Please select your home edition
Edition
Ancasta Ker 33 728x90

Two World titles for young British sailor in Broo Musto Skiff Worlds

by Richard Gladwell, Sail-World on 16 Jan 2011
Daniel Henderson (GBR) crosses the finish line off Black Rock Yacht Club to win the 2011 Musto Performance Skiff World Championship © Richard Gladwell www.photosport.co.nz

Young British sailor, Daniel Henderson (21) has scored the double in the Broo Premium Lager Musto Performance Skiff World Championships, sailed from the Black Rock Yacht Club on Port Phillip Bay, Melbourne.

After 11 of the 12 races sailed, Henderson won the World title and the Youth title backing up compatriot Lawrie Smith, who yesterday won the World Dragon Championships, from the Royal Brighton Yacht Club.

Henderson who graduated into the Musto skiff after sailing Optimists and 29ers, won the World Championship with virtually a day to spare, and scored a sixth and fourth place on the final day to finish 11pts ahead of Bruce Keen (GBR) with Marcus Hamilton (AUS) in third overall. 42 competitors from eight countries contested the ISAF recognised world championship. The Musto High Performance skiff is one of the newest international classes - and is the epitome of extreme sailing being a singlehander with trapeze mainsail and asymmetric spinnaker speeds in excess of 20kts are common, and top out at 27kts.

Speaking with Sail-World after the World Championship, Henderson put his success down to consistency on the opening three days of the regatta when he won one race and didn't place outside the top four in any of the five races sailed.

'I went into today with a good lead and a really good discard. I was 12 points ahead and would really have had to mess up badly to miss the world title.'

Henderson has been sailing since he was five years old starting in the Optimist class before moving onto the Byte, Laser Radial and then the 29er as a crew before he moved into the Musto skiff when he was 17 years old.


Weighing 74kgs and just 6ft tall, Henderson is on the light side for the Musto Skiff. However a light air series for the World titles was a factor in his favour.

'I am reasonably light for the class, ideally you want to be 80-85kgs, and Richard Stenhouse is 95kg.'

'My best result prior to this regatta was two second places in the British Nationals, but I threw it away on the last day. For this regatta I learned how to mentally prepare myself, and went into the final day with the attitude that it was just like the first day of the regatta again, and while I didn't ignore what was happening at the end of the event, I just didn't think about it.

'I pulled myself back from 15th to sixth at the finish of the first race today and after that I just forgot about it all', he added.

From there, Henderson intends to stay with the Musto Skiff. 'I would like to go Olympic, but the competition in the UK in the 49er class is just outstanding. I will go to the Europeans in Slovenia this year, and take things from there.'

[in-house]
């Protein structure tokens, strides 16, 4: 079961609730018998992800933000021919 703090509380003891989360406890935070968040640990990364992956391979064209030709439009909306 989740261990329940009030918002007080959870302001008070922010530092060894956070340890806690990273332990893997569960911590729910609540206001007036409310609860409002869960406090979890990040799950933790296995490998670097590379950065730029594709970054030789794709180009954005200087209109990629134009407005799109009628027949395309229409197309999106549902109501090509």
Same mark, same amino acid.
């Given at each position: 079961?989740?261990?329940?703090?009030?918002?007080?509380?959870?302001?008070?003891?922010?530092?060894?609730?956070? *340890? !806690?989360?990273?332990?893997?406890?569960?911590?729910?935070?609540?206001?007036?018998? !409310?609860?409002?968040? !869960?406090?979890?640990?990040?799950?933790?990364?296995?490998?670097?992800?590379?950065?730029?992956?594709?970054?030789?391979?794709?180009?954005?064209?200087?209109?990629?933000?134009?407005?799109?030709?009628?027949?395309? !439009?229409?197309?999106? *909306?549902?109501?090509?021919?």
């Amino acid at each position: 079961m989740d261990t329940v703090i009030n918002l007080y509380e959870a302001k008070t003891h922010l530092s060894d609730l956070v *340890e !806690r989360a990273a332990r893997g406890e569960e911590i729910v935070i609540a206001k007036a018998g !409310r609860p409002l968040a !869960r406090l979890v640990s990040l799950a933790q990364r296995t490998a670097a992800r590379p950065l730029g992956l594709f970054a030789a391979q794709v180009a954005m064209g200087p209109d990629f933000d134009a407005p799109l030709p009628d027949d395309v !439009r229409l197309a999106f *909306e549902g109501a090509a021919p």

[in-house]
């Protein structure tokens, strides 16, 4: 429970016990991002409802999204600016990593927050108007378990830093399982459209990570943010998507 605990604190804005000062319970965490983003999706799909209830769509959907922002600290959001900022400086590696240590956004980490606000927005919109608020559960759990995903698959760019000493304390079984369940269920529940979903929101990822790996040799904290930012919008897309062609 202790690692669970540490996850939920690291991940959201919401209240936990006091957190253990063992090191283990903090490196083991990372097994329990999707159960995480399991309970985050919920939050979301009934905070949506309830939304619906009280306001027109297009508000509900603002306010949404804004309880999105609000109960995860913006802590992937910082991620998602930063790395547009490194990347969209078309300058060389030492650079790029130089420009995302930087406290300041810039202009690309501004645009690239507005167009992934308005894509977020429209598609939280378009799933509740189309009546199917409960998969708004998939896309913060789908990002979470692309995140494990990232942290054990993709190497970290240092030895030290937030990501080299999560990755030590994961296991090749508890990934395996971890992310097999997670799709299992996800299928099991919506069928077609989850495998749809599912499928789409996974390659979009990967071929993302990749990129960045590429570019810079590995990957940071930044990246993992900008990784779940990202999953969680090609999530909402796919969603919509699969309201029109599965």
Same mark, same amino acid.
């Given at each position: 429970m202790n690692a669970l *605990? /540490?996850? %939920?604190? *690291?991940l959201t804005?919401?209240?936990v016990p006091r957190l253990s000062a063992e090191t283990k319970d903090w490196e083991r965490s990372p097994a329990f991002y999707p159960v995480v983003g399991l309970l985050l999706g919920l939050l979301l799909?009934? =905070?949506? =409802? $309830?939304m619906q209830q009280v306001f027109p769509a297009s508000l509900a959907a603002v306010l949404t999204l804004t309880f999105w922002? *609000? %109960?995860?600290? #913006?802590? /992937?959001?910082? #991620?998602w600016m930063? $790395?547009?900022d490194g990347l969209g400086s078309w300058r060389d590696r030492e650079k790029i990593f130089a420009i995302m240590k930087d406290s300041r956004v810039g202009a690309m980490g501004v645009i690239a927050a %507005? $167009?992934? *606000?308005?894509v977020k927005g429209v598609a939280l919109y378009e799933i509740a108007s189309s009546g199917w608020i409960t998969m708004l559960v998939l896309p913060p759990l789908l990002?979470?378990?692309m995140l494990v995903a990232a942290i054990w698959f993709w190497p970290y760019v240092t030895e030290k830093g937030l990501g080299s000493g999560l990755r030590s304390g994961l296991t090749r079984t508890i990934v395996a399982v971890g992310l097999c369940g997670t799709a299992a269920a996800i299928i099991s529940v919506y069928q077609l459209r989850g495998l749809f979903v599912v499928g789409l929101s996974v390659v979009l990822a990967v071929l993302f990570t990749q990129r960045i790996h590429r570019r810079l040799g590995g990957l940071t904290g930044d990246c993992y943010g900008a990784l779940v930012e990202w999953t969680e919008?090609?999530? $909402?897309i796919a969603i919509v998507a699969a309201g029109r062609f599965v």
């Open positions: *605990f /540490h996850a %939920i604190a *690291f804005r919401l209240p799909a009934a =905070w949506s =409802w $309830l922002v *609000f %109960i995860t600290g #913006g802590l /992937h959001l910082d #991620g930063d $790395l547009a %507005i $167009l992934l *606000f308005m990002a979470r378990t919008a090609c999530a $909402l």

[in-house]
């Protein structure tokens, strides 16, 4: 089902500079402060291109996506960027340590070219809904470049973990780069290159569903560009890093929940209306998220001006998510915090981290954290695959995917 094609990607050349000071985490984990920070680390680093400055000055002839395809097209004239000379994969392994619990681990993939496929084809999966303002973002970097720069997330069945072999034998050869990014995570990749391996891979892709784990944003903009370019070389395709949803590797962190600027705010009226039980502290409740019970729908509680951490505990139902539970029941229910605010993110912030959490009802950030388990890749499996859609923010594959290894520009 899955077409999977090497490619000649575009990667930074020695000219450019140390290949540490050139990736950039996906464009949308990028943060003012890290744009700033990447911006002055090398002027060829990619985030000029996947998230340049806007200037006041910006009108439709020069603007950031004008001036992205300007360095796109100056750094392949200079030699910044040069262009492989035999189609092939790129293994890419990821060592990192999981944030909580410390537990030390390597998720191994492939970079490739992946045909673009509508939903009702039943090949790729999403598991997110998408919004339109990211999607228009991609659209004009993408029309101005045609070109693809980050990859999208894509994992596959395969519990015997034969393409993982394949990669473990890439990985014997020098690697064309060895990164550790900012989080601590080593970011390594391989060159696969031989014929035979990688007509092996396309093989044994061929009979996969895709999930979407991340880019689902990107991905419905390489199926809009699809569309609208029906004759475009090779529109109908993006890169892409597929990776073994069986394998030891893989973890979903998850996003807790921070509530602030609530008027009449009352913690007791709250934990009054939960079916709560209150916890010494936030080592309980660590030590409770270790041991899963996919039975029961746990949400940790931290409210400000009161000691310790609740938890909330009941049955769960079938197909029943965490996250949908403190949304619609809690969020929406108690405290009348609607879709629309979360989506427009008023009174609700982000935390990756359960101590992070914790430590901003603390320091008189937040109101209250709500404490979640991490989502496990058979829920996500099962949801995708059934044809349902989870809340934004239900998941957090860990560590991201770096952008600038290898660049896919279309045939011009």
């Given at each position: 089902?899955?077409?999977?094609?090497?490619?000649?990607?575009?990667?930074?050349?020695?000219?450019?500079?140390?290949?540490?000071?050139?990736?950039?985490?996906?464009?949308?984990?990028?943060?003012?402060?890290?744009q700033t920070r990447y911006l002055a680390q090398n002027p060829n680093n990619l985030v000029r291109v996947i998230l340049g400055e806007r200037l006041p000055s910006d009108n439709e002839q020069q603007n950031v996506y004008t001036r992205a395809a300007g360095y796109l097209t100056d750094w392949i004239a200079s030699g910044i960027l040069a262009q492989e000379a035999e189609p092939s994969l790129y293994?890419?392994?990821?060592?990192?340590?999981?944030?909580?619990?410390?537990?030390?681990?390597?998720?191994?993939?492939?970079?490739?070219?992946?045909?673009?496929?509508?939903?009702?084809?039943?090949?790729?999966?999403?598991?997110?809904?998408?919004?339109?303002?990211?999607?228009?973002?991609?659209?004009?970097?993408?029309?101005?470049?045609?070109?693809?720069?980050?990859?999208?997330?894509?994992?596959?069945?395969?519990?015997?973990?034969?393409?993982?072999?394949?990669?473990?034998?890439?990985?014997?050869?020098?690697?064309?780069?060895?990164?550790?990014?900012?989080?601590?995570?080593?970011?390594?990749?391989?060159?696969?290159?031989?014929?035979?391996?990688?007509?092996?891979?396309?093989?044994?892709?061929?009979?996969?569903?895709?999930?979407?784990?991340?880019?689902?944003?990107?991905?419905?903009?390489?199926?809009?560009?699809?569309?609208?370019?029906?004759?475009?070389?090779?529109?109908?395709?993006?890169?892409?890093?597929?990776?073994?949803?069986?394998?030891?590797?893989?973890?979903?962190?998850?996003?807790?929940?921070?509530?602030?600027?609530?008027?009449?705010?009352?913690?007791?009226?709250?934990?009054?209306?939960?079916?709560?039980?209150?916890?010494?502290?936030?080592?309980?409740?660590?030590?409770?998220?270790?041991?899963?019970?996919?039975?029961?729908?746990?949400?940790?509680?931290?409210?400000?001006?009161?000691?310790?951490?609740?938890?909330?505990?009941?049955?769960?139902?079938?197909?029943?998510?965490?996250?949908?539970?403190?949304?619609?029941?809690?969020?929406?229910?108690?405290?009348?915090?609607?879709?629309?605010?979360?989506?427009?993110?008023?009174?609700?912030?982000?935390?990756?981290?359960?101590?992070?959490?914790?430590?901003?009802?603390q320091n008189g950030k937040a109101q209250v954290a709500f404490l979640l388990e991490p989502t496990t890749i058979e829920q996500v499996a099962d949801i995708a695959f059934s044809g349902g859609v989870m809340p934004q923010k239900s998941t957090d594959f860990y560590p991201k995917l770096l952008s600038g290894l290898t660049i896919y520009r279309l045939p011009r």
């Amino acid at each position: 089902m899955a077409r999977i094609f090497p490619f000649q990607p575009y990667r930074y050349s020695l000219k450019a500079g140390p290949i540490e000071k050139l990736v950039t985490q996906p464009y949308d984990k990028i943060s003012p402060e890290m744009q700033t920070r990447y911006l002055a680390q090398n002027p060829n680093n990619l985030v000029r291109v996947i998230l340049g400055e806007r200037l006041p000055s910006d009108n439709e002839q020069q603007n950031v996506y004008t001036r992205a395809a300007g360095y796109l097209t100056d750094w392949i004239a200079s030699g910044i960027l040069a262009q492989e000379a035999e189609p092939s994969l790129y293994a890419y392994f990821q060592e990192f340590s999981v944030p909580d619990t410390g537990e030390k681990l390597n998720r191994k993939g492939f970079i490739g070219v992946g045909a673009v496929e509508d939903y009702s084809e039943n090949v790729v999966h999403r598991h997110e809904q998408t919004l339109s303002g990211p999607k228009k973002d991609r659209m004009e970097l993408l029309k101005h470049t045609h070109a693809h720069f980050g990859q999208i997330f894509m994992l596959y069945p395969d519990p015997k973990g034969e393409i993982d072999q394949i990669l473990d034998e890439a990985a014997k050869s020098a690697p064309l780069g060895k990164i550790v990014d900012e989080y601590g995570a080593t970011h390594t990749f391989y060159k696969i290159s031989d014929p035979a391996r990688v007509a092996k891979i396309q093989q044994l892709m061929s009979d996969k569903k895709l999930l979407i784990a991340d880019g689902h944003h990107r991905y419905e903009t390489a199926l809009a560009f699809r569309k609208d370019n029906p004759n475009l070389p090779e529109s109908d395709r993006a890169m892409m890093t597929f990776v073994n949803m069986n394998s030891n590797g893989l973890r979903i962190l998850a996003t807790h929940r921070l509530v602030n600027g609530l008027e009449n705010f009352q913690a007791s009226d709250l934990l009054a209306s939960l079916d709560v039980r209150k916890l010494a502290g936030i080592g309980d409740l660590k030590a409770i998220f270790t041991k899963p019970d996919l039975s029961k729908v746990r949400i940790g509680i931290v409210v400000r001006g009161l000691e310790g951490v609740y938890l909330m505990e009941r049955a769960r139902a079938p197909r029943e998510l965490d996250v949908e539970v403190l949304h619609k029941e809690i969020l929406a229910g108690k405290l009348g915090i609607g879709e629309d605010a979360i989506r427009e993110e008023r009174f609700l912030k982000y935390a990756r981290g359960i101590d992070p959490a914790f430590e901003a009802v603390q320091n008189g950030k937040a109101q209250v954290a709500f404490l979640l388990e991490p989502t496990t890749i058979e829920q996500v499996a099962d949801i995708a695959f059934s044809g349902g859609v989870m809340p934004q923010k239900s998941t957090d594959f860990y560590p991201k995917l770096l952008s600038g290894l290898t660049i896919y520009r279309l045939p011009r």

Henderson is studying Sports Science at University and has recently relocated to Stokes Bay. 'There are another 12 Mustos at Stokes Bay, so it is really good for training.' He doesn't have a coach and the training consists of working out against other sailors and working through various fleet routines. Improving boat handling comes through sailing in big breezes, and getting quicker and slicker around the boat - handling the trapeze, mainsail and spinnaker - a four handed job even on a good day!

'I have always seen myself as a person who likes to sail alone. And after the 29er there didn't seem to be too many options. Mustos were growing well at the time, and I had a demo sail when I was 17years old, and just stayed with it.'

'I trained here the week before the worlds started, and we had 20kts every day. I expected to come away with a top seven place. But the lighter conditions that have prevailed this week, have really helped me. Prior to the worlds I had to really work hard to stay on pace with the heavier guys, but this week it was much easier,' he adds.

'My first two or three days won me the event, with my consistency. I had two bad races on the following day and I lost my lead, but got it back again.'

'I would like to hit the gym, put on some more weight and get up to the 80kg mark which will make it easier for me.'

For full results http://www.yachting.org.au/site/yachting/event/31986/overall_2_1.html!click_here

Barz Optics - Melanin LensesProtector - 660 x 82Zhik Dinghy 660x82

Related Articles

A Q&A with US Sailing’s Malcolm Page about the Sailing World Cup Miami
I spoke with Malcolm Page, US Sailing’s Olympic chief, about the team’s performance at the 2017 Sailing World Cup Miami I talked with Malcolm Page (AUS), a two-time Olympic gold medalist in the Men’s 470 class and the chief of Olympic sailing at US Sailing, to get his pulse on the team’s performance at the 2017 Sailing World Cup Miami and discuss some recent coaching changes within the Olympic-sailing program.
Posted on 20 Feb